UTTER FASCINATION WITH THE MYTHOLOGY OF ANARKALLI AND WHITE VISITORS – OBSESSION WITH OEDIPAL, INCEST AND SEXUAL ABERRATIONS IN BAZAAR GOSSIPS.
The Punjab was the last to fall in British hands. They had already occupied other areas through ruse and strategy. Came as the East India Company and picked up the whole region through ruthlessness of character. We talk of fifth and six generation wars now, those 5000 or so white visitors knew this beforehand. Debase the region’s concepts and sense of values. One was the cultural onslaught. The list is endless. Royal titles were given for most menial jobs like Khansama, Mahtar, and the like, and the Royal costumes given to the waiters and chowkidars outside their hotels. To undermine the culture and their way of life, iconic persons were put to target. One is the fascination with the story of Anarkalli.William Finch if he ever came to Lahore, never had access to the Mughal Court, all as a trader, he could sit in the bazaar and talk with common people. And he could weave stories of his own. Sigmund Freud has talked of people like him, with repressed sexual fantasies. Writers and film makers spun romantic tales of a Prince with a Slave girl, but that was not what Finch reported in his journal. He talked of a Slave girl namely Nadira, who was the concubine of Emperor Akbar, and father of one of his sons, Danyal Baksh. Prince Saleem, in whose front were the entire beauties of the region, could find no rest, except having an illicit relation with his mother. Can anyone in our culture even believe this concept? Mothers are the most sacred institution in our culture. In no way can we imagine a young Prince being so imbecile to have designs on his mother. But William Finch had a deep-rooted Oedipus Complex and sitting in Bazaar at Tandoors, all he could fantasize was such a relation. And he had the gall to attach it to a monument being built by Emperor Jahangeer to his beloved wife Sahib Jamal. And that thing stuck as an unknown act of self-defilement, sitting alone in his tent at night. It would have eroded with time.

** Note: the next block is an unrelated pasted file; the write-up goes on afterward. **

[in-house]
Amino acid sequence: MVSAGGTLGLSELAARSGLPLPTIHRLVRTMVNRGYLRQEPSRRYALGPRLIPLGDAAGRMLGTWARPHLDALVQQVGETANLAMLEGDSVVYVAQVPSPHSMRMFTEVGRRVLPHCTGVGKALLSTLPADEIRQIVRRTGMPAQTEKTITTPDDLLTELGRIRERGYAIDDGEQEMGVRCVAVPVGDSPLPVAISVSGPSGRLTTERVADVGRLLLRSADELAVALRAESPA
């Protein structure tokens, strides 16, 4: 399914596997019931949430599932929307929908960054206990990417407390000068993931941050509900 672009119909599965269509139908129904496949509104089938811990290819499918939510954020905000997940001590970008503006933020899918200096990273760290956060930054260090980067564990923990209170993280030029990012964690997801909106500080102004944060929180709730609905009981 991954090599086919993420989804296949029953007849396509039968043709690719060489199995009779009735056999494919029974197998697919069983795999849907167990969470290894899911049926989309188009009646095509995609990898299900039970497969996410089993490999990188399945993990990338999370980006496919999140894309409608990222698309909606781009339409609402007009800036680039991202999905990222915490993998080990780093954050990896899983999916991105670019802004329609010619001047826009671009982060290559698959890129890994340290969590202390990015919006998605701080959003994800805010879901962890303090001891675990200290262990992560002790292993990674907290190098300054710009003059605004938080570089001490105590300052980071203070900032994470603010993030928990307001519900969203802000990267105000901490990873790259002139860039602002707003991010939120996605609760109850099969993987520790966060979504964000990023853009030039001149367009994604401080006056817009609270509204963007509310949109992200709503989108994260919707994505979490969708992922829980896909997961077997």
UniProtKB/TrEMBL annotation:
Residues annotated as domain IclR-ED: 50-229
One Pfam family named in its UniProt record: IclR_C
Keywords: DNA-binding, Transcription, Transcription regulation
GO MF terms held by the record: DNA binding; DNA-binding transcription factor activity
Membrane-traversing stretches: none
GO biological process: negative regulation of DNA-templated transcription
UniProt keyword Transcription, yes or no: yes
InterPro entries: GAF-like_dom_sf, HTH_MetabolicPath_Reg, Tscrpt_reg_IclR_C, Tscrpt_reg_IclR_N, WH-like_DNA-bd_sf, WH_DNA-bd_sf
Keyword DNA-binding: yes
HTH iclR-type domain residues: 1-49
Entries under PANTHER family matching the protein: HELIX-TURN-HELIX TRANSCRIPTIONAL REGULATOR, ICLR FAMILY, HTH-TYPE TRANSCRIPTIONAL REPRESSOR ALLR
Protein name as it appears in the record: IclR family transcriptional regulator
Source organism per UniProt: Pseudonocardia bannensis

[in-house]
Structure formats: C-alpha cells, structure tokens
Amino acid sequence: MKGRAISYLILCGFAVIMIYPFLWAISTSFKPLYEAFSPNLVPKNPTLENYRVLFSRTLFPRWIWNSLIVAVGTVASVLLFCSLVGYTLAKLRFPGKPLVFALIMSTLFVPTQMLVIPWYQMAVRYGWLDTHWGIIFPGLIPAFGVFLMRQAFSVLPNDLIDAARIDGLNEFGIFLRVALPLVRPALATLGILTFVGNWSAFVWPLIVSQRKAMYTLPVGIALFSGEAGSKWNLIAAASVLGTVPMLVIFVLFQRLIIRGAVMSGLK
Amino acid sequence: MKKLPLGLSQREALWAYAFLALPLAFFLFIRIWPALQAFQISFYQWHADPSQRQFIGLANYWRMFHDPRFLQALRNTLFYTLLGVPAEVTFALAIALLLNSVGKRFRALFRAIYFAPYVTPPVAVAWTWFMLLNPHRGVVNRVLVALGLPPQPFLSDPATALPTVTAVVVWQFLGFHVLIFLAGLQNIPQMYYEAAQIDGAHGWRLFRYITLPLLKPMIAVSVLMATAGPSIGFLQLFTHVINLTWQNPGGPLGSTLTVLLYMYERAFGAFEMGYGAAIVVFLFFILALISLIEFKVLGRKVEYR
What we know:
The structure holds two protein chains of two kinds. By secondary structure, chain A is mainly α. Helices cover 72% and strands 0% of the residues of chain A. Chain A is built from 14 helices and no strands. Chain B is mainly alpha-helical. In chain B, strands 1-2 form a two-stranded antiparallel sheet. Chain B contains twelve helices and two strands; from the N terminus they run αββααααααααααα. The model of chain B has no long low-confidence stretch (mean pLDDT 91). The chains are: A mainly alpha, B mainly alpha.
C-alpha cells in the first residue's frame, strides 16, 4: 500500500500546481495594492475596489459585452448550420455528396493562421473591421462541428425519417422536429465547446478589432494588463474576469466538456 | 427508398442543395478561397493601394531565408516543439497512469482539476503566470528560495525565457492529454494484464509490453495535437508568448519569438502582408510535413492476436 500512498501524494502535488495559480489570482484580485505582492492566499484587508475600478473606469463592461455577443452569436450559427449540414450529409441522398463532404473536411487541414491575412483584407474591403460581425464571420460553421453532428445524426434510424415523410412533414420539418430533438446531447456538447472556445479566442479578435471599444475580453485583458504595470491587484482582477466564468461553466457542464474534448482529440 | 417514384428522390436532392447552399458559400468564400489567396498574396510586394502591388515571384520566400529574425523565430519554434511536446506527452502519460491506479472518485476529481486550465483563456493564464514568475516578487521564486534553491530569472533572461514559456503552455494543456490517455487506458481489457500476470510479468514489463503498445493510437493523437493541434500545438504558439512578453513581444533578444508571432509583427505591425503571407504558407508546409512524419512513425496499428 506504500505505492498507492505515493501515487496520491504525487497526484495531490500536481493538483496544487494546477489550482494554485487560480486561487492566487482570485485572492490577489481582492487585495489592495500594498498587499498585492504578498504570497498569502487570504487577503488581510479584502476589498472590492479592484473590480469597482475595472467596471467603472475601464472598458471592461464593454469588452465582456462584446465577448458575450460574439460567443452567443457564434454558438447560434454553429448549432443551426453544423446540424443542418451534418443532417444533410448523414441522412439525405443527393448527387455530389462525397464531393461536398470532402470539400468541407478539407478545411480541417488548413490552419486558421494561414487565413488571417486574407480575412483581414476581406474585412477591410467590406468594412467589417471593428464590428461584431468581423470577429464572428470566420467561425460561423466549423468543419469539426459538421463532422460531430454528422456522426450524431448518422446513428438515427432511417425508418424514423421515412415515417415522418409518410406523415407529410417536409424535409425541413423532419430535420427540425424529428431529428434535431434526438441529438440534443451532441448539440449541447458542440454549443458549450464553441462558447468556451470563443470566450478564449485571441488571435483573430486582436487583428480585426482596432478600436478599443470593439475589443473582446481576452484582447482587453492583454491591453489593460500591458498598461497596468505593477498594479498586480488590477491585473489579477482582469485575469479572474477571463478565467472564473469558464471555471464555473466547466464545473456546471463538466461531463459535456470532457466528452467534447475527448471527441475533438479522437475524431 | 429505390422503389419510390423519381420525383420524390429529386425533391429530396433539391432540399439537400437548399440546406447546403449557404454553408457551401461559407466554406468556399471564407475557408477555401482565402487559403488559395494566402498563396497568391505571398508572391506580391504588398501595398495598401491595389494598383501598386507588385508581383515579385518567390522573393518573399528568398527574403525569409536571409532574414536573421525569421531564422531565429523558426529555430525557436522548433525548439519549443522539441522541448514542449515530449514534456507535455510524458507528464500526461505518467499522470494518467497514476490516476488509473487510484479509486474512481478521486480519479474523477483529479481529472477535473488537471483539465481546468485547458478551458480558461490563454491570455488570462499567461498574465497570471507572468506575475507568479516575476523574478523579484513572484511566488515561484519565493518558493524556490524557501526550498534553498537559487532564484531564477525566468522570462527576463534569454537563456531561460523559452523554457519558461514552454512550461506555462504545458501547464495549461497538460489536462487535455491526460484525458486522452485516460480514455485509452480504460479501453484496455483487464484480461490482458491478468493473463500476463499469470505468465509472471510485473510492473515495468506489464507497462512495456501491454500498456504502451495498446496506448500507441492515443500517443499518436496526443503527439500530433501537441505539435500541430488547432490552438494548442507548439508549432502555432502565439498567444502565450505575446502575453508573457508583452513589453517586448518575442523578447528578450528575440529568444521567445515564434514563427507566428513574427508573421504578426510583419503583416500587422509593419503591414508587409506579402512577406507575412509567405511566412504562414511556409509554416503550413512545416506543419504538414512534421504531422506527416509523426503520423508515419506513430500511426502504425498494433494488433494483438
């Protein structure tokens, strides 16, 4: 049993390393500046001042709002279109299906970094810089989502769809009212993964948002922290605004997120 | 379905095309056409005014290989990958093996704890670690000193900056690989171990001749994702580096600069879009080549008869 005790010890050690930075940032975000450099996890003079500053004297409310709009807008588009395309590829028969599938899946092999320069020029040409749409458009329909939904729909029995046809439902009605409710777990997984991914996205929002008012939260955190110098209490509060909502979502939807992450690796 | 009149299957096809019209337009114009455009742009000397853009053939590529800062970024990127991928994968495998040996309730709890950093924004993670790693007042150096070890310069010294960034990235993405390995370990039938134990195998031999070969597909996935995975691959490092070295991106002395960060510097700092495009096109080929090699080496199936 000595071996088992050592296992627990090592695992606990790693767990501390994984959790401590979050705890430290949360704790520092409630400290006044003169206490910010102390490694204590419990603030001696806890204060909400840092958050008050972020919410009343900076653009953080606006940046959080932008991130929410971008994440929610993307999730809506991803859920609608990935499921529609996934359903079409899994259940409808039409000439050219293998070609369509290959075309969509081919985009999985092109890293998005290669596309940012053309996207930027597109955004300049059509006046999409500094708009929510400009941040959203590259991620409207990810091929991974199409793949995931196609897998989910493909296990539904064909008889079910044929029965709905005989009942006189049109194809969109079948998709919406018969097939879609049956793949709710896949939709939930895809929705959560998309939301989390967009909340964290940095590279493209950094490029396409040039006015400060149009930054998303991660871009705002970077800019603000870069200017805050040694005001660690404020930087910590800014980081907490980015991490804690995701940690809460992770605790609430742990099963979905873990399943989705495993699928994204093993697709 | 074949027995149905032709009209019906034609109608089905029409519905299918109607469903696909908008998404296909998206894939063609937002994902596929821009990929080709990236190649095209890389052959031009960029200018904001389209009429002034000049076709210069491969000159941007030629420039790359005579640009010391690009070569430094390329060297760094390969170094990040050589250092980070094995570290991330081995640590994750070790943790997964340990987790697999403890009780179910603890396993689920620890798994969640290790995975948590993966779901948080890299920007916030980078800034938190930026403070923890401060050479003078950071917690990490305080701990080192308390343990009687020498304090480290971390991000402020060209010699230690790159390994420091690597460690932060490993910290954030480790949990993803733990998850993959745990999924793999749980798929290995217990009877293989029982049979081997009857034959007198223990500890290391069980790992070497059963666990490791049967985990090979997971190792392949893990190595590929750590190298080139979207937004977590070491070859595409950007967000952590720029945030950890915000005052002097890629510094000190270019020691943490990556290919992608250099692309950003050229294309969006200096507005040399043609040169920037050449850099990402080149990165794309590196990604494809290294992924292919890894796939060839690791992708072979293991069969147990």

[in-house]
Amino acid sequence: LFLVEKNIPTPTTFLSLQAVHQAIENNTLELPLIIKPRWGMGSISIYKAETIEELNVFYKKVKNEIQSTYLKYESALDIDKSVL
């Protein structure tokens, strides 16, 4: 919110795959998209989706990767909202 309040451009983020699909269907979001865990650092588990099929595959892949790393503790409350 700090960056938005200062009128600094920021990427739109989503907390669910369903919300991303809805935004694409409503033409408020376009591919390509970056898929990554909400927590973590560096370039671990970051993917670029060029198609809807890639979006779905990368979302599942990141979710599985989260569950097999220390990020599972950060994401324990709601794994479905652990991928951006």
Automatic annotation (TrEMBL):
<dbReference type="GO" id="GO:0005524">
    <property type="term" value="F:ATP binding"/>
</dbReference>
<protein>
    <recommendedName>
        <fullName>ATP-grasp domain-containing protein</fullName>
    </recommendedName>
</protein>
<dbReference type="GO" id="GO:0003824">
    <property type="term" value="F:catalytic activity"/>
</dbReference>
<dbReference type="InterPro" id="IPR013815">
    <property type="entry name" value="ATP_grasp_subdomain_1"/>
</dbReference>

But as men at that time, as well as men of this time or any time, vulnerable to being funded to control their research and viewpoints. Even if we look at things in our most objective way, we find humiliation of graves all the time. (that later)
William Finch records his views as this:
“Passing the Sugar Gonge is a fair Masjid built by Sheikh Fareed beyond (without the town, in the way to the Gardens) is a fair monument for Don Shah’s mother, one of the Akbar’s wives, with whom it is said Shah Selim had to do (her name was Immacque Kelle, or Pomgranate kernel, upon notice of which King Akbar caused her to be enclosed quick within a wall in his moholl, where realized, and the King Jahangir in token of his love, command a sumptuous tomb to be built of stone in the midst of a four square garden richly walled with a gate and divers rooms over. The convex of the tomb he had the willed to be wrought in works of gold with a large fair jointer with rooms overhead.”
Common sense dictates that how can a son have a sumptuous monument built for his mother as a beloved, with carved sentiments of love on it. It would promote the wrath of the people and they would have stoned him at every sight. But Finch is a WHITE MAN whose lies are acceptable centuries after his death. A psychologist told me that actually it shows William Finch as deeply in rooted in his own Oedipus complex. ANGREZ SACH BOLTA HAI. My foot. He needed psychological help and lessons in cultural history of this region. Let us see what Finch says about Islam:
“All this is nonetheless show as such with the King about Christianity he affirming before his nobles that it was the soundest faith and that of Mahomet lies and fables”.